Skip to main content

Thanks to Fusenet I’ve been able to do part of my master thesis in two of the major scientific research centres in England.

The first part of my mission was at the Joint European Torus, situated in Culham, Oxfordshire, where I was able to see the machine where the data that I started analysing at my university come from. The main goal of my mission was the analysis of the JET shots acquired during C42 campaign to determine the fuel ion ratio in the plasma using single-crystal diamond detectors. Apart from acquiring many more data that greatly improved the statistic for my thesis, I’ve been able to observe a shift in the DD Compton edge peak, and, thanks to the colleagues of my team, we were able to attribute it to the toroidal current, that caused a sort of doppler effect.

The second part of my mission was the characterization of the diamond detector itself. For this purpose, I was kindly invited at the ISIS neutron and muon centre, situated at Harwell Campus, not far from Culham.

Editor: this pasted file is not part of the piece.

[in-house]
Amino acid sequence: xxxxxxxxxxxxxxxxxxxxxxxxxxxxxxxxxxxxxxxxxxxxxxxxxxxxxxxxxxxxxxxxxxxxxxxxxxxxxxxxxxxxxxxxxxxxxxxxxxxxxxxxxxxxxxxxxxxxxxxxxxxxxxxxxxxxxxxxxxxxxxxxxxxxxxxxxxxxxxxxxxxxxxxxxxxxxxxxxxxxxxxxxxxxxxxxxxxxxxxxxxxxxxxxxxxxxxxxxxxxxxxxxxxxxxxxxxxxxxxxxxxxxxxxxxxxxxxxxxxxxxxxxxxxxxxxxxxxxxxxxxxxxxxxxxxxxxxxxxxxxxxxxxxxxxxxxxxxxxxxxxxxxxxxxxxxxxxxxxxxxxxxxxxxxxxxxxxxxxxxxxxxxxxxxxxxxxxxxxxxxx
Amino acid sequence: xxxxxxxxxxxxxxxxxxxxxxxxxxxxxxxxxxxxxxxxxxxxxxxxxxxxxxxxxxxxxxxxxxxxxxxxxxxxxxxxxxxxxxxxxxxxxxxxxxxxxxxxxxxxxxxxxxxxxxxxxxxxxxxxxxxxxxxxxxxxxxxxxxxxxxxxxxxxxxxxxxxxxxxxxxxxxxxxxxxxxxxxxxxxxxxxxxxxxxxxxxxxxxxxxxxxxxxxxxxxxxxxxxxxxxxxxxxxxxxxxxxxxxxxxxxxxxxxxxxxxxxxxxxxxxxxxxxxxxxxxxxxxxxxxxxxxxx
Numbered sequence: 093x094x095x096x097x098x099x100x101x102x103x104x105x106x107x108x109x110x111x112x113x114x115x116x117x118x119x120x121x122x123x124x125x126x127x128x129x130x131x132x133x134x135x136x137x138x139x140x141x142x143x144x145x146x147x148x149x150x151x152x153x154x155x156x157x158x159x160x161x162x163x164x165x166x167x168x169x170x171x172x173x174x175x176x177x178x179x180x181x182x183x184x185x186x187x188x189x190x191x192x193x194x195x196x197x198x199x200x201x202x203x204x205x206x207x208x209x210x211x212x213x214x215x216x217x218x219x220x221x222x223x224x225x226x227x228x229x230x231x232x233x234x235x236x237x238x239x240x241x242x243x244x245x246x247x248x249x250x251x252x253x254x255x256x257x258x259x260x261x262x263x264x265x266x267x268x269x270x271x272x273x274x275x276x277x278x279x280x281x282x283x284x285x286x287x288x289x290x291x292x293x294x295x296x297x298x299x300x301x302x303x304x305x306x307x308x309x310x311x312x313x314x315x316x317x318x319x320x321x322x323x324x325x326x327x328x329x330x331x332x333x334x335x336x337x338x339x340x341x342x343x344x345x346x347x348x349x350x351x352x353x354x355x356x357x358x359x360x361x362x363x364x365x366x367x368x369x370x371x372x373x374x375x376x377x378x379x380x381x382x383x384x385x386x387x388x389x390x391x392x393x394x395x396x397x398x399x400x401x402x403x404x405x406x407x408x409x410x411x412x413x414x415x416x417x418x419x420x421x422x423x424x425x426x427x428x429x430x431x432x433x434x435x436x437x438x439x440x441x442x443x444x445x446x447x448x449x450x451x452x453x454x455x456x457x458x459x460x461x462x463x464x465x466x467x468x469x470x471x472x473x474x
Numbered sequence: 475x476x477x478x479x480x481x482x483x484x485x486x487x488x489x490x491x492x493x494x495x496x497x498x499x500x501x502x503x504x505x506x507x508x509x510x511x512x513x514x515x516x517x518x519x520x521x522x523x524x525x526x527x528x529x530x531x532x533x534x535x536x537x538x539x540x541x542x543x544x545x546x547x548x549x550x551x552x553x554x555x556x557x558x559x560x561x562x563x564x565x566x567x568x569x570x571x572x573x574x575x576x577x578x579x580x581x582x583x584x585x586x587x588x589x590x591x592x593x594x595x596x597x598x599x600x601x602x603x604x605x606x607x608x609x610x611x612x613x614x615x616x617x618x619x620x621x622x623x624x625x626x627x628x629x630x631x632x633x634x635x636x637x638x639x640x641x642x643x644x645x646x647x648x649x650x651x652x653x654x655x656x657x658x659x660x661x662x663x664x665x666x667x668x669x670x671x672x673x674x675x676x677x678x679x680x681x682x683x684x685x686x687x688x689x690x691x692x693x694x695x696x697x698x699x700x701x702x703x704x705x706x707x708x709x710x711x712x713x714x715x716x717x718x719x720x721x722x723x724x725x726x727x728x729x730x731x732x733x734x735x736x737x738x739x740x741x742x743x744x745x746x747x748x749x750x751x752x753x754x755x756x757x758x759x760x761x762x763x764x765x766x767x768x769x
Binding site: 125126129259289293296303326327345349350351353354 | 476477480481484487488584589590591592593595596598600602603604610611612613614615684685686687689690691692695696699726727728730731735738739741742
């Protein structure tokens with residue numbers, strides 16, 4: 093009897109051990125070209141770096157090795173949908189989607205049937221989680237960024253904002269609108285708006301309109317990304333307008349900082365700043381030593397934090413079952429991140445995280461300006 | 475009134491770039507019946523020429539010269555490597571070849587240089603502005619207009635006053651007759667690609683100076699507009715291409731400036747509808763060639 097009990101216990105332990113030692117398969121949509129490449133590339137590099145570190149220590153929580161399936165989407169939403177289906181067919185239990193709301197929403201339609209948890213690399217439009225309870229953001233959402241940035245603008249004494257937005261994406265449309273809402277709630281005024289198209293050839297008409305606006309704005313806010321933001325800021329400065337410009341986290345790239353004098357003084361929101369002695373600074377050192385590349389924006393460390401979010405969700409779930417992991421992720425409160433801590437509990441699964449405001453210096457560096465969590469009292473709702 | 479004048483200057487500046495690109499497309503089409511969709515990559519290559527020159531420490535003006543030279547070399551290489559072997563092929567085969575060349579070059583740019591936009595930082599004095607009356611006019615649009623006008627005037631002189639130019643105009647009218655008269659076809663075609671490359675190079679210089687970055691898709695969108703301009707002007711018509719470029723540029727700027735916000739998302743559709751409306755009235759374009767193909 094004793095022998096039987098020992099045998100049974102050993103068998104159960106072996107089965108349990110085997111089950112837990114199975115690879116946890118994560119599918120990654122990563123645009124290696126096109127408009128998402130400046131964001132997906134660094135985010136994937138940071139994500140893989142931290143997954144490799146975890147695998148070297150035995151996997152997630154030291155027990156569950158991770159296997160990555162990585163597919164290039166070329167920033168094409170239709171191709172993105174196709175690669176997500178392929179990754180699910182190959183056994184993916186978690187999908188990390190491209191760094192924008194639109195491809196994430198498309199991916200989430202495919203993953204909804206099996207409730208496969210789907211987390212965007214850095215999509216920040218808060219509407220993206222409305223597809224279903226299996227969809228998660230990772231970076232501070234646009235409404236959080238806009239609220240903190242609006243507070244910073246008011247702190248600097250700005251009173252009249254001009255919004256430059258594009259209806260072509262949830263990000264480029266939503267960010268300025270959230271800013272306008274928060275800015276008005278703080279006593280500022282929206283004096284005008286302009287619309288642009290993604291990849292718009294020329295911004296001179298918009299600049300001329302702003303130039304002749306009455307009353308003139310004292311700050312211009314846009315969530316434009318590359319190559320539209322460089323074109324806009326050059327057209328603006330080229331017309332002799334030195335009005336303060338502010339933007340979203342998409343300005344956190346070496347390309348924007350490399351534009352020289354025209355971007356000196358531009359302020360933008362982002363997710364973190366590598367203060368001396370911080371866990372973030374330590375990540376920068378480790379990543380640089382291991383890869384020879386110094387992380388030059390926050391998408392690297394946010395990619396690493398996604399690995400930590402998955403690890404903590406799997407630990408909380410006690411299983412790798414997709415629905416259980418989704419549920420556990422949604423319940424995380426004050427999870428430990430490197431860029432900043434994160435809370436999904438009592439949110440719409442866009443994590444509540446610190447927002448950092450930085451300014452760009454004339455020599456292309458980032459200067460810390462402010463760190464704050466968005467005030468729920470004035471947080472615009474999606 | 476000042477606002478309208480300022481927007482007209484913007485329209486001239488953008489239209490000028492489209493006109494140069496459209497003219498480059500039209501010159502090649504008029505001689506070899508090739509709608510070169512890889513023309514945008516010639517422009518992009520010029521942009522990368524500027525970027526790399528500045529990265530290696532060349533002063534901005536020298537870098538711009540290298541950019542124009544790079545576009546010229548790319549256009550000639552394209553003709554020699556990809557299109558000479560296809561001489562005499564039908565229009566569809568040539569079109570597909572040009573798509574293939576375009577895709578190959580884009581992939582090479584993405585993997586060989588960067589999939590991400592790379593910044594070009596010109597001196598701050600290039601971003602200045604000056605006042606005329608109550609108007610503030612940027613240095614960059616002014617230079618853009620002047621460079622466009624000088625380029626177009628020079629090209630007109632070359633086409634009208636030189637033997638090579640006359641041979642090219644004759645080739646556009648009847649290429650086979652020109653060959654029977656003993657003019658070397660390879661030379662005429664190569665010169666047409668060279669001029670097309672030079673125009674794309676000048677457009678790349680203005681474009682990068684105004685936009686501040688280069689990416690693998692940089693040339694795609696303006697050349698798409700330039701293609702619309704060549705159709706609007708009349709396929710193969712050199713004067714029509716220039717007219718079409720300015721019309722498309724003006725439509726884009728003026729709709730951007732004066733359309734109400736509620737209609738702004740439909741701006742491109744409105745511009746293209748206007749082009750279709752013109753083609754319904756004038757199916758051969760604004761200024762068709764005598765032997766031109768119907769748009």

I was a part of the NILE experiment, were I had a 14 MeV neutron generator at my disposal (under the supervision of a very experienced scientist, Carlo Cazzaniga, whom I thank again for his patience to all of my questions).

We used a series of diamond detectors, activation foils and a fission chamber first to determine the neutron yield of the DT source, that just arrived after a revision in America, then to study different diamond detectors and electronic chains under different irradiation conditions. We were able to see a polarization effects in our sample and to find a way to attenuate it, restoring the original energetic resolution of the detector. I also was introduced to a very practical part of neutron spectroscopy, and I familiarized with all the cables, electronic components, codes and various equipment needed to run an experimental laboratory.

During my stay I also had the opportunity to enhance my cultural knowledge, by visiting the cosmopolitan city of London and the many parks, colleges, and museums of Oxford. I had the opportunity to meet new people from other cultures and tied friendships that I hope will last much longer than my stay in England, both inside the professional sphere and outside of it.

Perhaps I could have gone studying abroad even without Fusenet help, but its support was the spark that made it possible, and for that I thank the Fusenet team and I’ll strongly recommend Fusenet to any other student willing to study fusion in the future.